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For most players, the primary use of fossils is as a source of bone blocks. This can be especially useful if playing on peaceful difficulty, as skeletons won't be able to spawn, meaning that bones are much harder to acquire. Fossils also generate coal ore, although if you want to find coal ore, it is much easier to just look in a cave. However, if you do come across a fossil and mine it for the bone blocks, it's worth it to mine the coal ore. Coal is very helpful, as it can be used to make torches, or used as fuel.
Bone blocks are often highly sought after for building, thanks to their unique texture. Bone blocks also cause note blocks placed on top of them to produce a xylophone sound. One of the most common uses for bone blocks is that they may be crafted into bone meal. Anything that can be dyed, including banners, terracotta, stained glass, shulker boxes, firework stars, concrete powder, and beds, can be dyed white with white dye, which is made from bone meal and certain flowers. In addition, white dye can be combined with other dyes to make secondary dyes, including gray, light gray, light blue, lime, magenta, and pink. The bone meal itself may also be used to grow crops, trees, or create tall grass and flowers if used on grass blocks.
Finding the right place to mine
The most important thing when trying to find fossils, is to mine in the right biome. Here is a list of the biomes that fossils can spawn in:
When finding a spot to mine, it's also recommended to mine in a larger biome, so that you have more room in the biome you're in. For example, if you find a swamp or desert biome but it's only 1 chunk wide, that's only 1 chunk of mining space, and it is very unlikely that a fossil will generate in that 1 chunk.
Once you find a spot to mine, it's time to start searching for fossils. You can do this by either caving or mining. Note that fossils will only generate 15 - 24 blocks below the surface, so make sure to always look here.
Caving has nearly the same advantages and disadvantages as it does when mining ores. Caves have lots of exposed surface, which saves you a lot of time and tools by mining. However, it is very likely that caves will be either shallower or deeper than fossils generate, and it is also likely that the cave may lead out of the biome you are mining in.
When caving, always be on the lookout for a bone block, as many times only 1 block will be exposed. Also, if you are in the correct Y coordinates (about Y = 40 - 49, a bit lower for land below sea level, and a bit higher for land above sea level), mine as much coal ore as possible, as it is possible that it is part of a fossil. This particularly goes for if you only see one coal ore, as more than one coal usually do not generate next to each other in fossils.
Mining rather than caving can be useful if you don't want to deal with the monsters in a cave, want to collect lots of cobblestone while finding fossils, or want to make sure you are on the exact Y-coordinates for fossils.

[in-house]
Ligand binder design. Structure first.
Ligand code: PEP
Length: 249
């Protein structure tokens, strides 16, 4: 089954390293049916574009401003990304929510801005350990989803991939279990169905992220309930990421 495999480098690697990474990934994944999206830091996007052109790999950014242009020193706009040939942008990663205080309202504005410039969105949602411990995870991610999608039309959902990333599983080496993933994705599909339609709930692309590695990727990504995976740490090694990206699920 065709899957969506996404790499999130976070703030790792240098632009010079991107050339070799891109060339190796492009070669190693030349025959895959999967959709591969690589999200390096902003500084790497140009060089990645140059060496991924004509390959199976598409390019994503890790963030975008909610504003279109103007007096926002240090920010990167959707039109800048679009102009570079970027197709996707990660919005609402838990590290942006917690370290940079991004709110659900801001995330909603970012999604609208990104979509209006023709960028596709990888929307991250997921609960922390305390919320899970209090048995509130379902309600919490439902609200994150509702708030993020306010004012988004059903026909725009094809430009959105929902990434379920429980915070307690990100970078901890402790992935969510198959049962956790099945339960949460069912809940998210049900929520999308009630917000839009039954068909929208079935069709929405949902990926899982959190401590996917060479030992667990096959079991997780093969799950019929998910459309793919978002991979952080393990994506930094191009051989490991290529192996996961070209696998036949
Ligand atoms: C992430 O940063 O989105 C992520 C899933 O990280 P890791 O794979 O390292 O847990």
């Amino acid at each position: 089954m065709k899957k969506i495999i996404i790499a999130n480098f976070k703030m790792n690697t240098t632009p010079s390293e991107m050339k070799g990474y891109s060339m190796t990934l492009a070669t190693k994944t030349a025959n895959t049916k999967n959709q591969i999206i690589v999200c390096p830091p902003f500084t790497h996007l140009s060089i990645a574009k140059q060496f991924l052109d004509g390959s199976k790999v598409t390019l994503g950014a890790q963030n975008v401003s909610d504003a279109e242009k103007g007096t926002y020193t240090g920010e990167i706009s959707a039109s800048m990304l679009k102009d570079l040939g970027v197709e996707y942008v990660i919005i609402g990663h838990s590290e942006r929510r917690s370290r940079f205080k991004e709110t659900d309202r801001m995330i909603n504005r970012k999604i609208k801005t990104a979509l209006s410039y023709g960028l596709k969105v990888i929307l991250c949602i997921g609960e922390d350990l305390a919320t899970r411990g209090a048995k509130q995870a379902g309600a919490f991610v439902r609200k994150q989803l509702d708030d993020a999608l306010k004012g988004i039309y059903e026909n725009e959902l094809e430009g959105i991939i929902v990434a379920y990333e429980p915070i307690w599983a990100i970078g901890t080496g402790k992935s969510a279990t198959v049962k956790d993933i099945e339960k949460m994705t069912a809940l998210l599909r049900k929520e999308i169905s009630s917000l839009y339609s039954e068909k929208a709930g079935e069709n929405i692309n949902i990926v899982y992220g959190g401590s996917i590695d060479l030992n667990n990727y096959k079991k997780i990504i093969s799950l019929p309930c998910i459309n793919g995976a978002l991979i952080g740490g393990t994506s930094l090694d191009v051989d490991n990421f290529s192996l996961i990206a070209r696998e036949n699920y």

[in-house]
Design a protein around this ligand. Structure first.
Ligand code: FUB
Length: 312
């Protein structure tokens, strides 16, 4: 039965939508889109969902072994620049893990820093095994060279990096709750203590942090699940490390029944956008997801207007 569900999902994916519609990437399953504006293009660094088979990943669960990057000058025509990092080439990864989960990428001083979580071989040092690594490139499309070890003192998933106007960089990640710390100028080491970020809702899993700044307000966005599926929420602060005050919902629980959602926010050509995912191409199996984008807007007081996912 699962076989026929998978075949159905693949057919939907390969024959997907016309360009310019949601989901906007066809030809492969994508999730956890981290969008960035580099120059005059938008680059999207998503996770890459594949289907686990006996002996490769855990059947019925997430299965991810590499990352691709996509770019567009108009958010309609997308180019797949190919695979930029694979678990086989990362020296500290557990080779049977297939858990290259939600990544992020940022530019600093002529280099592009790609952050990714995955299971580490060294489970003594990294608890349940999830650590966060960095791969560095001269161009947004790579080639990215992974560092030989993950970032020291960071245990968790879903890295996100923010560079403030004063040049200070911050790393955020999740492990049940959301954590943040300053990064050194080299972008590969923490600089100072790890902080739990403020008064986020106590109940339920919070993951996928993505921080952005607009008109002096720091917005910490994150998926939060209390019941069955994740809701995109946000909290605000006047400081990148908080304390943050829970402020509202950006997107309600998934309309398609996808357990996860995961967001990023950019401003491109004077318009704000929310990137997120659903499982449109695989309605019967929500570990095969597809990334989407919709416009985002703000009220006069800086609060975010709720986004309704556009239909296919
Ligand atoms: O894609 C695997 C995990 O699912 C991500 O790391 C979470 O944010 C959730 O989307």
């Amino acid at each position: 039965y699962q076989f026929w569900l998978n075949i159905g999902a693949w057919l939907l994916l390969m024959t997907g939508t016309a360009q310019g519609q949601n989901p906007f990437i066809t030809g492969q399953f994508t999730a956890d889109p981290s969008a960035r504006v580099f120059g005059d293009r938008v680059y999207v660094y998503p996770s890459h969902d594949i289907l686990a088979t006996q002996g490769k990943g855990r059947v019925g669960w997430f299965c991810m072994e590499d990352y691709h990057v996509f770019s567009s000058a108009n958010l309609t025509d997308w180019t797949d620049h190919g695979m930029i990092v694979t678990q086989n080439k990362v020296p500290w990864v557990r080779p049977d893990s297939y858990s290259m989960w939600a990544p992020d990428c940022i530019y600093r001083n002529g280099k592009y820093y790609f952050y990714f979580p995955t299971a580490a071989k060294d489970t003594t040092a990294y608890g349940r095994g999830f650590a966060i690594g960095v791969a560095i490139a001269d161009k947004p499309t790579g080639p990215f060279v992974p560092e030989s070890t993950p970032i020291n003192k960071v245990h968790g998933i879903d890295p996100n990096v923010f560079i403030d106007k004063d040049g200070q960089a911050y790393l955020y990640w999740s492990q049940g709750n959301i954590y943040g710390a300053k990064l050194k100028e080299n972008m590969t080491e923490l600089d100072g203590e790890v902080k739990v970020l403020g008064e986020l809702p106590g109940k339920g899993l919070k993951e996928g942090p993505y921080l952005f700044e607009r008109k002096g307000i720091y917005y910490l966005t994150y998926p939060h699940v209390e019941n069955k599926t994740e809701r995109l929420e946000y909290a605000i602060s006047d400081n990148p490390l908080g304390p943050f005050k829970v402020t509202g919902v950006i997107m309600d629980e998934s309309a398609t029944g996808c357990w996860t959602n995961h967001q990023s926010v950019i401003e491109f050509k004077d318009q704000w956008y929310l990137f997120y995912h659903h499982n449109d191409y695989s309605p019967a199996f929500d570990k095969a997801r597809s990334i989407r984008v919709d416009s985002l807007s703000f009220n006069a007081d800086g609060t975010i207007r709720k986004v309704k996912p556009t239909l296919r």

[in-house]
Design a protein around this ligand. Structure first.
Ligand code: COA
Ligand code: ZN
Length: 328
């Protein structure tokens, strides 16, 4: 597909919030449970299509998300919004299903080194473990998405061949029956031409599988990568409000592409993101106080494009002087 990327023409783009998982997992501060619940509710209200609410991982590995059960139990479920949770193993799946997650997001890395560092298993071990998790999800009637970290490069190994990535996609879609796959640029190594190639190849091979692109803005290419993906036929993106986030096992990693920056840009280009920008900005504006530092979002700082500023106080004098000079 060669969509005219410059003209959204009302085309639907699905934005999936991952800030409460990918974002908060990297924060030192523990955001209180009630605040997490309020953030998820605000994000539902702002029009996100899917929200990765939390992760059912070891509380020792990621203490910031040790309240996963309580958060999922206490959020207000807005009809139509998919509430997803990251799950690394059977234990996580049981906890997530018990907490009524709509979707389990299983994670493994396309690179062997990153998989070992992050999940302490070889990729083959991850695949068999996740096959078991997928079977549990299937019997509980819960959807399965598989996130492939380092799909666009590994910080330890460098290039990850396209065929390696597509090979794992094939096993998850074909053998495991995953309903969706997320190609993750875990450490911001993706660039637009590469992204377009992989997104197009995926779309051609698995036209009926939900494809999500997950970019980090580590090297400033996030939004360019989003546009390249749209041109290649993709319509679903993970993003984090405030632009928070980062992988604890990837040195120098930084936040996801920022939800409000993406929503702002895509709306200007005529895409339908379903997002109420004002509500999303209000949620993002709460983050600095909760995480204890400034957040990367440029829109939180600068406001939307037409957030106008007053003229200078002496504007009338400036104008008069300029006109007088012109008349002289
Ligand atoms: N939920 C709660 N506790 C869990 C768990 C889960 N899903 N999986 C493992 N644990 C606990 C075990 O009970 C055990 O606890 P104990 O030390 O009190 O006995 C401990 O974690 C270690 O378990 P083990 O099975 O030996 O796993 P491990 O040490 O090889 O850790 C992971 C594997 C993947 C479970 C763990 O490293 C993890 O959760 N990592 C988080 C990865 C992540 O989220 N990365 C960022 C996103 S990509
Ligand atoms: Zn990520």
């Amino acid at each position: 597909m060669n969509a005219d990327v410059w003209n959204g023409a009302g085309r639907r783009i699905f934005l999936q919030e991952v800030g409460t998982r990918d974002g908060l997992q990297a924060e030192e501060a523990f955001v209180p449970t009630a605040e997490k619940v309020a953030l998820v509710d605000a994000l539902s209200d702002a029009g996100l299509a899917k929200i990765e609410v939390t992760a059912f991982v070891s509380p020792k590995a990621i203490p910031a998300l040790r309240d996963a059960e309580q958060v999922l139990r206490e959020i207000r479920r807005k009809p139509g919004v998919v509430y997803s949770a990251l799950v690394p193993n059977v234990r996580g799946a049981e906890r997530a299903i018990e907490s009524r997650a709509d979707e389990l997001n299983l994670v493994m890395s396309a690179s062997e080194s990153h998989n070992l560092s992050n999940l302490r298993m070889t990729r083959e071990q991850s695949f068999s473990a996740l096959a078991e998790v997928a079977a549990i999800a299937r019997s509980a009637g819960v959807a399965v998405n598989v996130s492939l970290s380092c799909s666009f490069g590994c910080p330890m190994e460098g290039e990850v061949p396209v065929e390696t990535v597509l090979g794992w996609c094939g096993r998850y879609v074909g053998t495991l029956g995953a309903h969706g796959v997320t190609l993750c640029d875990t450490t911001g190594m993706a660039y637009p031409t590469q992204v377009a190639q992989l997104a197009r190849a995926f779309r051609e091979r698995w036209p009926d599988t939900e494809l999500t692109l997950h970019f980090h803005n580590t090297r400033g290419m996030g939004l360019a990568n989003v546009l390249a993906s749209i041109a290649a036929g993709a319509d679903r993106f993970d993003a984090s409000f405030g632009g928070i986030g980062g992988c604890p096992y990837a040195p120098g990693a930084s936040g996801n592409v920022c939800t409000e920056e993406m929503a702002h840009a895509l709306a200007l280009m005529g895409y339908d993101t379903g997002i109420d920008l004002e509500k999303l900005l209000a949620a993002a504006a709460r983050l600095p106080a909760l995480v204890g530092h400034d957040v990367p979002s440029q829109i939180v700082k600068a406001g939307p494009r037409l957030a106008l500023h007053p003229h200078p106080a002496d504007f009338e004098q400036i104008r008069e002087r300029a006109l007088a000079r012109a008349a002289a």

Branch mining is a good way to mine when looking for fossils. Try to find a flat section of a swamp or desert biome. A flat section allows for branch mining without having to dig up or down. This is because where fossils are found in the ground does not depend on the Y-coordinate, but rather how far beneath the ground it is. Once you've found a suitable area, dig down about 20 blocks and start branch mining.
The basic branch mining mechanics here are the same as layout 2 for the branch mining mentioned in Tutorials/Mining. However, the tunnels feeding off of the long tunnel should be 6 - 8 blocks from each other, which could also be said as having 5 - 7 blocks in between them. For the best overall efficiency, make the tunnels with 6 blocks in between them, or 7 blocks from each other. There is only one type of fossil that generates smaller than this. All other fossils are at least 5 blocks wide on every side, making them able to be seen in tunnels that have 6 blocks in between them. If you want to make sure you get every fossil, make your branch mine tunnels with 4 blocks in between, or 5 blocks from each other. However, although you will see every single fossil there is this way, it is inefficient.
Other Mining Types
Other types of mining, including strip mining and speed mining, should usually be performed in the same way they would if looking for ores. However, note that they must be performed 15 - 24 blocks below the surface, as those are the only layers that fossils can generate in. TNT mining can also be used, and is often faster than digging with a tool, but doing this method risks damaging and/or destroying fossils.
Once a fossil is found, dig all around it to make sure there is nothing dangerous. Fortunately, lava is the main concern when mining, and lava does not usually generate so high up in the world. Once the fossil is excavated, you may want to take a screenshot of it, as fossils are rather rare, and you may not encounter one again for a long time. Then, start mining the fossil. You can mine both the bone blocks and coal ore with any type of pickaxe, but if you use your hands, it will drop nothing.